Gainesboro Machine Tools Corporation Executive Summary Essay

1393 Words Apr 11th, 2016 6 Pages
Statement of the Problem Established in 1923, Gainesboro Machine Tools Corporation (Gainesboro) started out manufacturing machinery parts but by the 1980s started to pioneer in the industry of computer aided design (CAD) and computer aided manufacturing (CAM). Competition ramped up in the 1990s and Gainesboro’s revenues per share declined by 16% from 1998-2004 (Exhibit 5). The company restructured itself and focused more resources on innovation. By late 2004 the company started to turn around its attrition with a positive growth outlook. In August 2005, Ashley Swenson, the Chief Financial Officer of Gainesboro, was considering 3 dividend policies to implement; a zero-dividend payout, a 40% dividend payout or $0.20 a share, or a residual …show more content…
This might lead to higher stock valuations raising the Gainesboro’s value to investors.

Analysis of Alternatives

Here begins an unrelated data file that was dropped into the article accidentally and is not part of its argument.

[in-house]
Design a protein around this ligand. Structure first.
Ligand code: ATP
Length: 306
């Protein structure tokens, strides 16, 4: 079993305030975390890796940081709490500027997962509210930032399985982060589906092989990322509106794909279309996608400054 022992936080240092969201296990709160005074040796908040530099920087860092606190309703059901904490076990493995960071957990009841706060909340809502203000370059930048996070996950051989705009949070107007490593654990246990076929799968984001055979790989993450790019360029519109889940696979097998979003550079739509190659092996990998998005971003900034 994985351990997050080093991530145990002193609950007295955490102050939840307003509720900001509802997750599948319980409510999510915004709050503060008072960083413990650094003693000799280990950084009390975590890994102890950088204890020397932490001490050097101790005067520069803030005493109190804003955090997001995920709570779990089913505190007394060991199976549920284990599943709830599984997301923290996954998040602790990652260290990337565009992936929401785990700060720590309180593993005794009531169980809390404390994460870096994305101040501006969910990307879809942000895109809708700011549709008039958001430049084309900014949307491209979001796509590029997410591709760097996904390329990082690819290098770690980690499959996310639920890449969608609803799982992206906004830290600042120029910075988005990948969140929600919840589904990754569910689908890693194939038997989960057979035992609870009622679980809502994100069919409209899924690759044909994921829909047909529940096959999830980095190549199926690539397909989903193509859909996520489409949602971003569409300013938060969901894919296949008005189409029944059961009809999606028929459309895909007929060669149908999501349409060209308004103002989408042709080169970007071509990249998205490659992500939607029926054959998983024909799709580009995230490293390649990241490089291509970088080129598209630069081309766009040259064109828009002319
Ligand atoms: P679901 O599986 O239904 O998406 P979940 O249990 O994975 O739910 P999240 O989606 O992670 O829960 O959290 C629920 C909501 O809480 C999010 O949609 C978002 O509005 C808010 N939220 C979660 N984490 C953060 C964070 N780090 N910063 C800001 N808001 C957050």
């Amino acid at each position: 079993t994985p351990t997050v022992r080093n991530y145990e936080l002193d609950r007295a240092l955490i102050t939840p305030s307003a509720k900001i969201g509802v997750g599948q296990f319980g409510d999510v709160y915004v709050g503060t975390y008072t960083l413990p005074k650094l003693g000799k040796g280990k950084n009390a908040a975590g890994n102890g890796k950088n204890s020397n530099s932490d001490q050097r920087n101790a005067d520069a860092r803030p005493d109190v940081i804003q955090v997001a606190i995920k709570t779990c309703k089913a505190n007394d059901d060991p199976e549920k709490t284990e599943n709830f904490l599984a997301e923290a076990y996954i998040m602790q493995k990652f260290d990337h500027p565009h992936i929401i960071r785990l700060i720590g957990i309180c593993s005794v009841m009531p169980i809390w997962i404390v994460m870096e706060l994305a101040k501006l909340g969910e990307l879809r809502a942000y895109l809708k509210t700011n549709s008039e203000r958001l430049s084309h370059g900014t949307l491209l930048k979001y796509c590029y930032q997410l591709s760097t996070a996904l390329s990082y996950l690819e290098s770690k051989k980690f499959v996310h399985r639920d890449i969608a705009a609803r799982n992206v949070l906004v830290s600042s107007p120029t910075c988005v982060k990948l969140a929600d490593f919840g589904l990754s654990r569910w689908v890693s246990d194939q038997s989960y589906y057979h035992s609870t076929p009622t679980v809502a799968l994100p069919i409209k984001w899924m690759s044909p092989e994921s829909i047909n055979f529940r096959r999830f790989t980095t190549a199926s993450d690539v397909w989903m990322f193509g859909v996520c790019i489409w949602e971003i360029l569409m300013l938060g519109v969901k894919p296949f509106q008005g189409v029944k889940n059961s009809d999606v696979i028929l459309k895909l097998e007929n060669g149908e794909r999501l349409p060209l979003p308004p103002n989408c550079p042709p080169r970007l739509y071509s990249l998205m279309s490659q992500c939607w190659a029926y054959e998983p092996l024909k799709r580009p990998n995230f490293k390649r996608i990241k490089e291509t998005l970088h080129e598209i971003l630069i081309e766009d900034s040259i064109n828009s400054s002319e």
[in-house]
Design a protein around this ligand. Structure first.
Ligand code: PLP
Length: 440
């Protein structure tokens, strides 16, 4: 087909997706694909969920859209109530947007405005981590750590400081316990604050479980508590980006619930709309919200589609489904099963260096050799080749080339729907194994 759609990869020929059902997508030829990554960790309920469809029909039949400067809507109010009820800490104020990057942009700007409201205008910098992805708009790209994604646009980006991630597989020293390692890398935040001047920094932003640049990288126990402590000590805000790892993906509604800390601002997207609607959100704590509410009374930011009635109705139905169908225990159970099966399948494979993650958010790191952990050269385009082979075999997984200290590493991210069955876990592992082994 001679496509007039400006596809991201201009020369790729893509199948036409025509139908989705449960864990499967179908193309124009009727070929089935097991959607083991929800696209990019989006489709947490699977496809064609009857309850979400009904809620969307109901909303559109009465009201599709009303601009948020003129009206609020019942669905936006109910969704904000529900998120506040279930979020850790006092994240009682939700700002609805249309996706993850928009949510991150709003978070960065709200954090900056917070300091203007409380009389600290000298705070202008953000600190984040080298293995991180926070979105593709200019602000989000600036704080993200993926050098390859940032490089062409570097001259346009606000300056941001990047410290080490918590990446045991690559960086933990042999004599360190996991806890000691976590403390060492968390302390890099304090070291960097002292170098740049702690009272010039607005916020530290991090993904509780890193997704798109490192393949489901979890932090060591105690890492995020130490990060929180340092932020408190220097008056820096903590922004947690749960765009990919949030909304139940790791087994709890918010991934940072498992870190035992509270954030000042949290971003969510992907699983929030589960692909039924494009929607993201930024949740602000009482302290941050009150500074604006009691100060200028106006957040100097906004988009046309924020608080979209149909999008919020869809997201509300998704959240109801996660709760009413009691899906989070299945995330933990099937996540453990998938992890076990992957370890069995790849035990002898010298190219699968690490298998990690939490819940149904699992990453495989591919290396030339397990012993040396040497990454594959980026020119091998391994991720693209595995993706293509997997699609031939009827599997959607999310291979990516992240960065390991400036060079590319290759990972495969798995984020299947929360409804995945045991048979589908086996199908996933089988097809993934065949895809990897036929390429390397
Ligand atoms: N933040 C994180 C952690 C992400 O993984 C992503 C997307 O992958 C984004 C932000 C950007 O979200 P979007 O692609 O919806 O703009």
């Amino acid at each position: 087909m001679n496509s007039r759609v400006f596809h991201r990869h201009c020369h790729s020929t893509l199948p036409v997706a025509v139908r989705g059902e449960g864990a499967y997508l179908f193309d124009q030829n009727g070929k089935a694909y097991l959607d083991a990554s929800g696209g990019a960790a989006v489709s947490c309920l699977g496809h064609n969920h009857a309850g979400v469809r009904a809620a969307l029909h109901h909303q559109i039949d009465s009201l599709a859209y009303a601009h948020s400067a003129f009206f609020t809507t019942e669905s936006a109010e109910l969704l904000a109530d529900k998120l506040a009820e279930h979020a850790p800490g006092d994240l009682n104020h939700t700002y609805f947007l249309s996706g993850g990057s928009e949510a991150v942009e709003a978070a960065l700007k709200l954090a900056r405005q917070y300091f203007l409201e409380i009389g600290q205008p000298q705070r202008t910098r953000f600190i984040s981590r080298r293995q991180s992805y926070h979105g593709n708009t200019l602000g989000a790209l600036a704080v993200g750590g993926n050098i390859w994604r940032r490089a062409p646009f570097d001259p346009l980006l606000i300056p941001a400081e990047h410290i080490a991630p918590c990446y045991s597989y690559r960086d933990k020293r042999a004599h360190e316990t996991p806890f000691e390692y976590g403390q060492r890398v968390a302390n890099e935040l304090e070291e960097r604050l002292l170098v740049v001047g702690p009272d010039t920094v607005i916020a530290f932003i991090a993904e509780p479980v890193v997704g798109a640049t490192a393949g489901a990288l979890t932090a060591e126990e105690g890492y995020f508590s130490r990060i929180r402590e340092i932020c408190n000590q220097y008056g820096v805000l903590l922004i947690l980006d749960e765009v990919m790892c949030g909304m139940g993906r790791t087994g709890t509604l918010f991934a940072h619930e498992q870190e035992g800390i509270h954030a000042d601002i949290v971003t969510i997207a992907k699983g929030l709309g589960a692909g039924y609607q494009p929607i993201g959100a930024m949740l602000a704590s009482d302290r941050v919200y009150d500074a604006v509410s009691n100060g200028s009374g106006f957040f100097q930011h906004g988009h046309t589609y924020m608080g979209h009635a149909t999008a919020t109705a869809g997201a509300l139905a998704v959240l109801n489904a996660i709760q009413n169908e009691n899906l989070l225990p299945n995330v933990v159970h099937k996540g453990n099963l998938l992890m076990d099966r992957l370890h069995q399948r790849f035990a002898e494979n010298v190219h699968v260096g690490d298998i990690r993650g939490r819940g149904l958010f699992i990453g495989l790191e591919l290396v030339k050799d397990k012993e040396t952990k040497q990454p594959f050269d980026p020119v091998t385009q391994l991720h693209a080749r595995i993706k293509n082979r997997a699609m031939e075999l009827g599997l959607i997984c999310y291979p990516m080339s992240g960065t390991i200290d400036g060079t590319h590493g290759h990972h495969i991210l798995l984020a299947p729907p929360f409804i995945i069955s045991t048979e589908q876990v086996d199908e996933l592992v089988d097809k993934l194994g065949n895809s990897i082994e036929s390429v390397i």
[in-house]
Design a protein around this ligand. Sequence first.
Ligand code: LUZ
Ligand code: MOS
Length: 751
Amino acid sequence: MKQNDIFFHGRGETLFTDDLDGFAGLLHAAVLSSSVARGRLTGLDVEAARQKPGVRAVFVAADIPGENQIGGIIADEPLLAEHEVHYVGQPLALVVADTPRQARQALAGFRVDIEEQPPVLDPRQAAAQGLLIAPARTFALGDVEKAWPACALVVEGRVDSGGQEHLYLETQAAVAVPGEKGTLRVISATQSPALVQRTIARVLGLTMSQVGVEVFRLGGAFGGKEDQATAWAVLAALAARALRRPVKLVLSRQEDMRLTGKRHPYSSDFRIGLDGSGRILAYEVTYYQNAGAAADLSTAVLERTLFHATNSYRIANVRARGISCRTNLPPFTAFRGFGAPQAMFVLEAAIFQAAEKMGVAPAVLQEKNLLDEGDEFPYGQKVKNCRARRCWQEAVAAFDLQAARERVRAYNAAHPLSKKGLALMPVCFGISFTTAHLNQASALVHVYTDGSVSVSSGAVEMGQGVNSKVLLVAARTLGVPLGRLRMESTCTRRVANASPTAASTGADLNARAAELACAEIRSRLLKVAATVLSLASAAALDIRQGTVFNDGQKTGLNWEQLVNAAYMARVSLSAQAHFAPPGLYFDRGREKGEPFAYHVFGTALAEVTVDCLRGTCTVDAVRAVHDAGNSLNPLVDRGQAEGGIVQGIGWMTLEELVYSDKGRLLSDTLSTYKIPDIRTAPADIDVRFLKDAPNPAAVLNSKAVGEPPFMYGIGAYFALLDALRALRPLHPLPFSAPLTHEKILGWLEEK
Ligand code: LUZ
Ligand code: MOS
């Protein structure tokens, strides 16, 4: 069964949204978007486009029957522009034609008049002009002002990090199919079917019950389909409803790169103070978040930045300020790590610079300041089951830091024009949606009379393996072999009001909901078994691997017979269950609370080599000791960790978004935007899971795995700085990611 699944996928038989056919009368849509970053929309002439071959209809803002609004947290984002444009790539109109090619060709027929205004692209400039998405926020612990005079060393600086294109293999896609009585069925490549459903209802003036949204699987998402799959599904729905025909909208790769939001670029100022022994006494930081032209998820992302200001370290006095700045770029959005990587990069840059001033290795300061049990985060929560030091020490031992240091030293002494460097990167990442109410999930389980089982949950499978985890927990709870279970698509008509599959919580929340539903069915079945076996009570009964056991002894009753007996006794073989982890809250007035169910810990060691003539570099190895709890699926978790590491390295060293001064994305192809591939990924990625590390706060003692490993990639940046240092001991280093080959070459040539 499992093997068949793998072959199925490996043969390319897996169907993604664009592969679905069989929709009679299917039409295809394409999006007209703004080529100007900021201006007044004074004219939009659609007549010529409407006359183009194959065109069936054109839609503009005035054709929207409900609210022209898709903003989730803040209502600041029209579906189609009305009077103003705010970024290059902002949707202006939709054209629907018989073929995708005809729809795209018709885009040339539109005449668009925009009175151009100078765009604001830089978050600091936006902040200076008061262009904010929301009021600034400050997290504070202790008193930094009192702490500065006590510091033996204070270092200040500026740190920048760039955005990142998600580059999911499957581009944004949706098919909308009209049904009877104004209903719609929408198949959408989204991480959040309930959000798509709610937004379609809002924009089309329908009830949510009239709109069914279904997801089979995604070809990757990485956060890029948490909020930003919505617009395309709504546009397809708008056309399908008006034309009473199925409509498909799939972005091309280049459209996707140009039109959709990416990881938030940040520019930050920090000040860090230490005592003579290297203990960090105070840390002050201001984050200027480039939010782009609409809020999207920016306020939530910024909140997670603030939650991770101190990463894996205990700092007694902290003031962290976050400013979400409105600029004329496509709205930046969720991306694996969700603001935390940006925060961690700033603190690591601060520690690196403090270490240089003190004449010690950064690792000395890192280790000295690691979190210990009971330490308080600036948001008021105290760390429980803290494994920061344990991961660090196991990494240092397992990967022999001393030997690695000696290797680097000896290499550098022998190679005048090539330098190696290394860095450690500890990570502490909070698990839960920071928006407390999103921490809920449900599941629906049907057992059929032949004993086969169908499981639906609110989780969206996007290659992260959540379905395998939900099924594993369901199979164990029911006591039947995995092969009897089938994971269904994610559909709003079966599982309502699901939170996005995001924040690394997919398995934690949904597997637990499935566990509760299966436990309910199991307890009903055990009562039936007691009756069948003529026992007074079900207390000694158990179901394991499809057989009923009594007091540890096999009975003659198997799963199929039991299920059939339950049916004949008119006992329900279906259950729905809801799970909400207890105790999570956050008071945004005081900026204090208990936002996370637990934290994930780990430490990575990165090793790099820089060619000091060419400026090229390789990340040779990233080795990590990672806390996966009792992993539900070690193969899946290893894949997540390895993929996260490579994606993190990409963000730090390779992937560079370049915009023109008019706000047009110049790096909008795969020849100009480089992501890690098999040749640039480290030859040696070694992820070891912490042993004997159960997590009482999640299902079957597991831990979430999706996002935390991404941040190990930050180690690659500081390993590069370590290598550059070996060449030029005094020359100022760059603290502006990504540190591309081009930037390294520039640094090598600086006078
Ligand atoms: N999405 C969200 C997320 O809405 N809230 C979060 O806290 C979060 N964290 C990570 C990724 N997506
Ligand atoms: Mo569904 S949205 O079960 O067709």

I. Zero dividend payout This allows the company to be consistent with its new strategy of high growth and innovation. According to the case, all but one of the major CAD/CAM companies have a zero-dividend payout policy. Also, the majority of equipment manufacturers and machine tool manufacturers are paying dividends while some are not. This shows that high tech growth firms are not paying dividends and a zero-dividend policy is not unheard of for manufacturing companies (Exhibit 6). Gainesboro’s CAD/CAM business comprised of almost half of its sales. This means that Gainesboro is transitioning from a manufacturing to a high technology company which would require more capital for growth. Using all of its earnings to fuel its growth allows it to expand its business without resorting to debt. The average debt/equity ratio for CAD/CAM companies was 11.3 which is significantly lower than Gainesboro’s current ratio of 28% (Exhibit 6). Gainesboro has had a historical aversion to debt and a zero dividend policy would help keep it that way. A downside to this option is that it could send a negative signal to investors. Gainesboro assured investors that they will be paying out a dividend in 2005. Falling back on this policy discourage investor confidence and cause them

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